Clark’s lawyers to seek release of his car

A judge is expected to decide today whether a car owned by Raymond Clark III and seized by police in September will be returned to Clark’s family, said Joseph Lopez, one of Clark’s lawyers.

According to warrants released in December, police discovered a pair of bloody white Converse sneakers, stained hospital scrubs and a dark garbage bag in the red 2000 Ford Mustang, shared by Clark — who pleaded not guilty in January to the murder of Annie Le GRD ’13 — and his fiancee, Jennifer Hromadka. Now, the defense has asked the judge to order police to return the Mustang because they say the car contains no evidence linking Clark to a crime, Lopez said.

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Clark’s family is suffering “undue hardship” because one of Clark’s family members, whom Lopez declined to name, co-signed a loan in order for Clark to buy the car and has to make monthly payments on the loan, according to the request.

Lopez said he thinks New Haven Superior Court Judge Roland Fasano will likely return the car tomorrow, but he said he does not know which family member will receive it.

“We don’t believe there is anything that has been found or connected to that car that has anything to do with the allegations,” Lopez said.

John Waddock, the state prosecutor handling the case, did not respond to an e-mail request Tuesday night for comment about Clark’s car.

According to the defense’s request, police seized the car outside Clark’s apartment in Middletown, Conn., on Sept. 16, the day before Clark’s arrest.

Sometime during the investigation in the fall semester, police also seized a car belonging to Clark’s mother, Diane. Fasano ruled in January that the car could be returned to Diane Clark with the condition that, if necessary, the prosecution could submit the vehicle as secondary evidence during a trial. According to court documents, Clark entered his mother’s car on Sept. 8 after leaving 10 Amistad St., where Le’s body was found. During the investigation, the car was searched and police found bloodstained evidence.

New Haven-based criminal defense attorney David Grudberg ’82 said requests to return seized cars are not unusual.

In addition to the hearing on the car, the prosecution and defense will meet with Fasano in private today to discuss how the case is going.

Clark himself will be at the courthouse today to meet with his lawyers, Lopez said, though he declined to comment on what they will discuss. The defense has not yet decided whether Clark will appear in public, Lopez said.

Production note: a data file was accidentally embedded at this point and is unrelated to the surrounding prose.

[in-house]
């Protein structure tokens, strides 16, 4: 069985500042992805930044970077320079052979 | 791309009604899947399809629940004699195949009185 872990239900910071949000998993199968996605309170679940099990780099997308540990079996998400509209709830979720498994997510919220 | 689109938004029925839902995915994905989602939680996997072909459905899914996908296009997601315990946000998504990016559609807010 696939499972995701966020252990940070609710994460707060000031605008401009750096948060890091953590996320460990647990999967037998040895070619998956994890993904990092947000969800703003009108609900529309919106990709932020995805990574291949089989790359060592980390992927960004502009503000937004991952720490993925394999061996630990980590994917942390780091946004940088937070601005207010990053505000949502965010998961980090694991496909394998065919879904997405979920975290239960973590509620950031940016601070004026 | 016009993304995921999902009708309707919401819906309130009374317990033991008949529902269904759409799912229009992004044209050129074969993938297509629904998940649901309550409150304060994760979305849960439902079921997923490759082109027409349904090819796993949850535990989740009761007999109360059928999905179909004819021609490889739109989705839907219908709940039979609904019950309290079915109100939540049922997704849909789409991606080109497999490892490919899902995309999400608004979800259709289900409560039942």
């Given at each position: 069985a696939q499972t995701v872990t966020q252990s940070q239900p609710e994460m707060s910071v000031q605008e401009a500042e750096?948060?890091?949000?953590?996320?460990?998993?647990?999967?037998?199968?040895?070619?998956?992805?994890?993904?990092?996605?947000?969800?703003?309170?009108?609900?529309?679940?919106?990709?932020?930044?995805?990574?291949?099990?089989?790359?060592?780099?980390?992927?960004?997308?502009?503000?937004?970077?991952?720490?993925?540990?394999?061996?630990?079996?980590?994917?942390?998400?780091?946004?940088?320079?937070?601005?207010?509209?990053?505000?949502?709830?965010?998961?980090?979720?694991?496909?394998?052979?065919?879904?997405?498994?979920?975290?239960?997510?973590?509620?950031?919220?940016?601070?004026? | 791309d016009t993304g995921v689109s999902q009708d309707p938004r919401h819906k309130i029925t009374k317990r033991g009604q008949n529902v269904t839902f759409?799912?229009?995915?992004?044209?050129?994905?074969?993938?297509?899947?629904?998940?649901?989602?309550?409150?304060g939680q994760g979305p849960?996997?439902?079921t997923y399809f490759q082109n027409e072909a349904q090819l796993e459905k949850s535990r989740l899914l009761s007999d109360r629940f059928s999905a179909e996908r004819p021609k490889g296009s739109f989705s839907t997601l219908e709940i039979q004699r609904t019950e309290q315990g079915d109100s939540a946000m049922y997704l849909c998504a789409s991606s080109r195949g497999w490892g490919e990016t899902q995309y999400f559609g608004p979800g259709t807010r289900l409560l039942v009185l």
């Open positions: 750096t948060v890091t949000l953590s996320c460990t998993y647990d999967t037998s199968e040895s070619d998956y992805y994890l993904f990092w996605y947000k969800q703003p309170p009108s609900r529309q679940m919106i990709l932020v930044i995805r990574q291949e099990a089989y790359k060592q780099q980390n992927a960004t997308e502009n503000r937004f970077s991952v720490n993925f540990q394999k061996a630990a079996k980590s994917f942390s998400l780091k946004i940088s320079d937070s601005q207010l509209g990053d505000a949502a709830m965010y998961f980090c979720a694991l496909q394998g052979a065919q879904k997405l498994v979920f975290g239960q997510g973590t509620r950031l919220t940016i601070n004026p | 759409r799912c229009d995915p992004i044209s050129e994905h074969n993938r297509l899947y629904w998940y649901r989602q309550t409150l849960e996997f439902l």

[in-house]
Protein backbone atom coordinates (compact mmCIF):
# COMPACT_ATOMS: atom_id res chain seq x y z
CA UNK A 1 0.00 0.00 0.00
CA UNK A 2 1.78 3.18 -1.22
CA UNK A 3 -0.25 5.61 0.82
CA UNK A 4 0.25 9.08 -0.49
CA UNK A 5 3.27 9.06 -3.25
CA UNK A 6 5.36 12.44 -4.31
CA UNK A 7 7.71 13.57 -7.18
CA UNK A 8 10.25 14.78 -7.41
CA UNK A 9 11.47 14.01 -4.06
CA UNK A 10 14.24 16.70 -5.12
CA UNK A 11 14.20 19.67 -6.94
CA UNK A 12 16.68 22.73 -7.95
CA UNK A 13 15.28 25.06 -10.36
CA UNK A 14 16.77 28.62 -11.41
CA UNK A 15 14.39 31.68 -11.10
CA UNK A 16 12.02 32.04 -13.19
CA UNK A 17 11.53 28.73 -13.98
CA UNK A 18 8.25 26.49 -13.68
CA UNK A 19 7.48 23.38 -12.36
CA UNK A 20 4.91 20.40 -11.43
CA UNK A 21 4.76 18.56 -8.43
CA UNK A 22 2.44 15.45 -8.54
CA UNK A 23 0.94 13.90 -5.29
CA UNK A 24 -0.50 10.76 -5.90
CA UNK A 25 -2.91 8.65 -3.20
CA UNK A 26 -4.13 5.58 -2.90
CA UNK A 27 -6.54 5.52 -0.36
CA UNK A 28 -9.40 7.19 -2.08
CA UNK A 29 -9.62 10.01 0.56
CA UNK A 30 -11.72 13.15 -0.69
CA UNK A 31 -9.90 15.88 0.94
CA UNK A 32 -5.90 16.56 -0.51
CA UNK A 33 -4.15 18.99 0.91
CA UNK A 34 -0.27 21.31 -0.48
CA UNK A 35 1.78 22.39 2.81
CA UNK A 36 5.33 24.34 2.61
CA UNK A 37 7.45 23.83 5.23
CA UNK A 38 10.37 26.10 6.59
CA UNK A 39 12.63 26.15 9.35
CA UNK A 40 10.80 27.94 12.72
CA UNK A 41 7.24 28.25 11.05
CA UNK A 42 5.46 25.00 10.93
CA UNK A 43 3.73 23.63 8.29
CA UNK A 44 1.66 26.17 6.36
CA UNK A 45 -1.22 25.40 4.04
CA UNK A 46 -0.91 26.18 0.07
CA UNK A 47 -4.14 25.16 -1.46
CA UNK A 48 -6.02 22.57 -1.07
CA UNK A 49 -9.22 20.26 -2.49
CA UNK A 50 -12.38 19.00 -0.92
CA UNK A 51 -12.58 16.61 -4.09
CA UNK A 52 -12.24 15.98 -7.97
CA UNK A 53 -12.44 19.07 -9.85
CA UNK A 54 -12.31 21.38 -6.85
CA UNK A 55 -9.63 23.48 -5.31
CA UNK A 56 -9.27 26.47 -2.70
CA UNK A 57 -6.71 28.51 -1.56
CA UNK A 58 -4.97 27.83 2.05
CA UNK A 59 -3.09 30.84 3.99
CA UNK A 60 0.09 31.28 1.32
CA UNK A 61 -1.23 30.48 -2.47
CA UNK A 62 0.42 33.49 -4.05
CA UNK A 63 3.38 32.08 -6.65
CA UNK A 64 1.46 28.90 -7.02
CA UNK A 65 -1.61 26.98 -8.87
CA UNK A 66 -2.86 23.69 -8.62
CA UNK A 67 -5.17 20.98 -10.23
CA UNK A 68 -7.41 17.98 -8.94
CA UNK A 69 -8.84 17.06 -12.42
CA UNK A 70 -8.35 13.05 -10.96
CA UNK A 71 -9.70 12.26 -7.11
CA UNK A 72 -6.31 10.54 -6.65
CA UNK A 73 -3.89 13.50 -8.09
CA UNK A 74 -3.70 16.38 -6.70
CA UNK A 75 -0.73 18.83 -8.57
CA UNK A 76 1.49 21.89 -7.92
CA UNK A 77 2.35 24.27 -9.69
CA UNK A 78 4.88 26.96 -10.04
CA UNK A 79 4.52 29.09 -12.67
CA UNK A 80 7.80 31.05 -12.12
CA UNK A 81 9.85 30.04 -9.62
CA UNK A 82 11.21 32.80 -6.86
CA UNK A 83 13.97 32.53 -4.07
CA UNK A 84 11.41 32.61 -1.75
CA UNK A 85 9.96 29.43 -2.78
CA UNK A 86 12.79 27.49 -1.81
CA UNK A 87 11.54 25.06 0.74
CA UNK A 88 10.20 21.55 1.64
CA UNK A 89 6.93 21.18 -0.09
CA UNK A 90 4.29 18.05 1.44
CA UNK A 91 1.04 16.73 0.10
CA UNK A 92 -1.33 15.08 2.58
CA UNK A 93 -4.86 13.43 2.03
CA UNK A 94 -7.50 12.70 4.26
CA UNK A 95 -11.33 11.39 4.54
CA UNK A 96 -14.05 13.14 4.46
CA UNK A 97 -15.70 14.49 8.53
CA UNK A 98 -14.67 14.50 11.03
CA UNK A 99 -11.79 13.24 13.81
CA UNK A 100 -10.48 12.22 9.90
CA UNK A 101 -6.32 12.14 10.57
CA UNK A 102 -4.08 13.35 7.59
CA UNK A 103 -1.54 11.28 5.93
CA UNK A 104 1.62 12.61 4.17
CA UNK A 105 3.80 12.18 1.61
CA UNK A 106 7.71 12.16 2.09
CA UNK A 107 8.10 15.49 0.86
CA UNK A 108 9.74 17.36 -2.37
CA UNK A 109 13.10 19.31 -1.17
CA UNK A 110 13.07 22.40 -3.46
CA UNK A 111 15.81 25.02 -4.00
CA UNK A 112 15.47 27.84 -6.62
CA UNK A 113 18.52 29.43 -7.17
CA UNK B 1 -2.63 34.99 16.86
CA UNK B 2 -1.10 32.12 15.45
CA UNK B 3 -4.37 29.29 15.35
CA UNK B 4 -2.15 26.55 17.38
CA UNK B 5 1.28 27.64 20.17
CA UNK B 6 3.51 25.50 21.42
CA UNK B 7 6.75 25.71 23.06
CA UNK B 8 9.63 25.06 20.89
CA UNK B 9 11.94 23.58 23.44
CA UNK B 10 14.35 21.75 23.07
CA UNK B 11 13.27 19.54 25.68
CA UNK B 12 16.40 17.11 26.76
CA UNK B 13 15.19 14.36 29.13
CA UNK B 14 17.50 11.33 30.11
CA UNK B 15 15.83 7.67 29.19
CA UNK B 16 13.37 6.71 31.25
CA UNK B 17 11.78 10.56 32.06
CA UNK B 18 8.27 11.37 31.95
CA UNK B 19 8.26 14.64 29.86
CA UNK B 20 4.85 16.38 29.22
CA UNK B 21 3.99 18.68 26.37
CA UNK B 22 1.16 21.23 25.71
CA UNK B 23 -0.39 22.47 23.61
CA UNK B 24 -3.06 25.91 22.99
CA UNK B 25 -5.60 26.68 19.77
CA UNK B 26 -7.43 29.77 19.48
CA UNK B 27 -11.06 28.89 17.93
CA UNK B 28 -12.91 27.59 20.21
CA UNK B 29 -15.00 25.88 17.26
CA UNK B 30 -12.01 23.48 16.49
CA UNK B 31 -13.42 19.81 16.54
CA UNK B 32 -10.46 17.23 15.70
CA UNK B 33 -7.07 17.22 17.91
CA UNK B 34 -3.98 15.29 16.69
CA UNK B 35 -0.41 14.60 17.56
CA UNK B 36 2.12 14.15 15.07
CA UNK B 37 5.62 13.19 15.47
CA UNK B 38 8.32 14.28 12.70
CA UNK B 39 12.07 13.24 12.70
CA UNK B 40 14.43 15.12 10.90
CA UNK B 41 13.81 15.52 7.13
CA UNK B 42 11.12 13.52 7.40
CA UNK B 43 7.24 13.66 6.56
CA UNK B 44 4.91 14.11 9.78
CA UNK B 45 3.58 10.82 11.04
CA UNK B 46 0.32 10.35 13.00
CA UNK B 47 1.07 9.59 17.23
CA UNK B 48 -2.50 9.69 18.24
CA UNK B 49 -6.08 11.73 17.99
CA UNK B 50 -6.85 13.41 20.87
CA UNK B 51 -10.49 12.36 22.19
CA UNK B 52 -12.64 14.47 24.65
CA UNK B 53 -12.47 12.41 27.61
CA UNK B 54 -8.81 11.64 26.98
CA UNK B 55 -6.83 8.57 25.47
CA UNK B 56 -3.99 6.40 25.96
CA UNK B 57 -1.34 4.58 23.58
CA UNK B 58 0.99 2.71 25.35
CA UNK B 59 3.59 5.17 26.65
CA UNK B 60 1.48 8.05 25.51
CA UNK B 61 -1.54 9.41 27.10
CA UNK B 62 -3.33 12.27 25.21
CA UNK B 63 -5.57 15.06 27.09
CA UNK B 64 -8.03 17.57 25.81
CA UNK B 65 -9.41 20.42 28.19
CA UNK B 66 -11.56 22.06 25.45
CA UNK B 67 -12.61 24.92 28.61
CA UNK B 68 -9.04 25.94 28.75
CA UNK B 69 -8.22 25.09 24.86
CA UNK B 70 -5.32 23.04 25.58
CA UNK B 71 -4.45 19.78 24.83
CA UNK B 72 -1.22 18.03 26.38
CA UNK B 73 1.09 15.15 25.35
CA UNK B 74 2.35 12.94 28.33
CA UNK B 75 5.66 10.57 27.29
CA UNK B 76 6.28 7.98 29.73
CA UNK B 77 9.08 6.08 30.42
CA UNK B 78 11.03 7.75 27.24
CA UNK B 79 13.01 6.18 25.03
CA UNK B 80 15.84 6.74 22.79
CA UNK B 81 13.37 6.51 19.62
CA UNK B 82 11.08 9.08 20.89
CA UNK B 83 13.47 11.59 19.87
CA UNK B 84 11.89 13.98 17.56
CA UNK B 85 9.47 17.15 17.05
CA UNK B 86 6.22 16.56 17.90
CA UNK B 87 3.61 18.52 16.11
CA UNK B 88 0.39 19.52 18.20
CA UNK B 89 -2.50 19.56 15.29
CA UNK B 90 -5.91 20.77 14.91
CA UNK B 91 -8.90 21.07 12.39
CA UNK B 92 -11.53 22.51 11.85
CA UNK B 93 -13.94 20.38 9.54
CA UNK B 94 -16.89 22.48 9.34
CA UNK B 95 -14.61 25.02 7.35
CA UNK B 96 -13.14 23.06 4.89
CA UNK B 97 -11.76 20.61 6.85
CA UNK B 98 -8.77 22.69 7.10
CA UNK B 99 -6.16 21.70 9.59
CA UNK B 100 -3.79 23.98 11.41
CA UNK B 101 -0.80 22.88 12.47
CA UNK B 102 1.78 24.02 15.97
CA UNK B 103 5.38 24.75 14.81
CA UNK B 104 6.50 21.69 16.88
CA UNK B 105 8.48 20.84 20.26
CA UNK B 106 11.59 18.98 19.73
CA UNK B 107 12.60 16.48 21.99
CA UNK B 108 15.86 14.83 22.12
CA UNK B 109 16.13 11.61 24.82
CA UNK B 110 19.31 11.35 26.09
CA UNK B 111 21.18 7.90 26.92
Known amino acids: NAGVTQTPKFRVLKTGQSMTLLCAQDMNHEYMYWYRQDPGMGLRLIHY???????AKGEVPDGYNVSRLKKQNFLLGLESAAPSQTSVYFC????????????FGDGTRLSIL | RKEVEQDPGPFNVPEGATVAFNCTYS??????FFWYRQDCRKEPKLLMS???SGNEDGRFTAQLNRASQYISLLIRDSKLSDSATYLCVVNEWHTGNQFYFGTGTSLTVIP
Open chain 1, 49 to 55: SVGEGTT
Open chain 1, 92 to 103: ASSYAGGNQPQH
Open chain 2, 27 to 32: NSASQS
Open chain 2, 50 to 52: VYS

Waddock said he would not comment on what business might be conducted on the record today.

Clark is being held on a $3 million bond at the MacDougall-Walker Correctional Institution in Suffield, Conn.

Comments

  • Annie’s friend

    “We don’t believe there is anything that has been found or connected to that car that has anything to do with the allegations,” Lopez said.

    Please tell me I am reading this incorrectly. What I thought this statement meant is that nothing they found in the car is believed to have anything to do with his murder charges? Like bloody materials don’t implicate murder? I’m confused. Maybe this guy really is as big an idiot as I thought he was.

    anyways, I don’t mind Clark’s family’s “hardships”. They should be happy to make sacrifices so that justice can be brought to a young, bright, innocent girl that someone that they raised took away from us. I would silently let the system do what they need out of extreme guilt and shame, if I were them. But I guess I am biased.

  • BKW

    Why is it that we have against lost sight of “innocent until proven guilty”?

    If you’ve ever had you car searched by the police you’ll know they can literally rip it apartment and not put it back together “in the interest of justice” regardless of whether there was a crime.

  • to brian k woods

    enough of your liberal bull. He’s guilty. Get over it. I would rather you pay respects to Annie’s memory and her family than defend this guilty scum. Shame on you.

  • BKW

    Yes, shame on those who defend the rights of other. How dare I?

    At least some of us understand how important it is to defend the foundational principles of a democratic society, especially when it is politically hazardous to do so.

    On a related note, I think that is the first time I’ve ever been called a liberal at Yale. Really?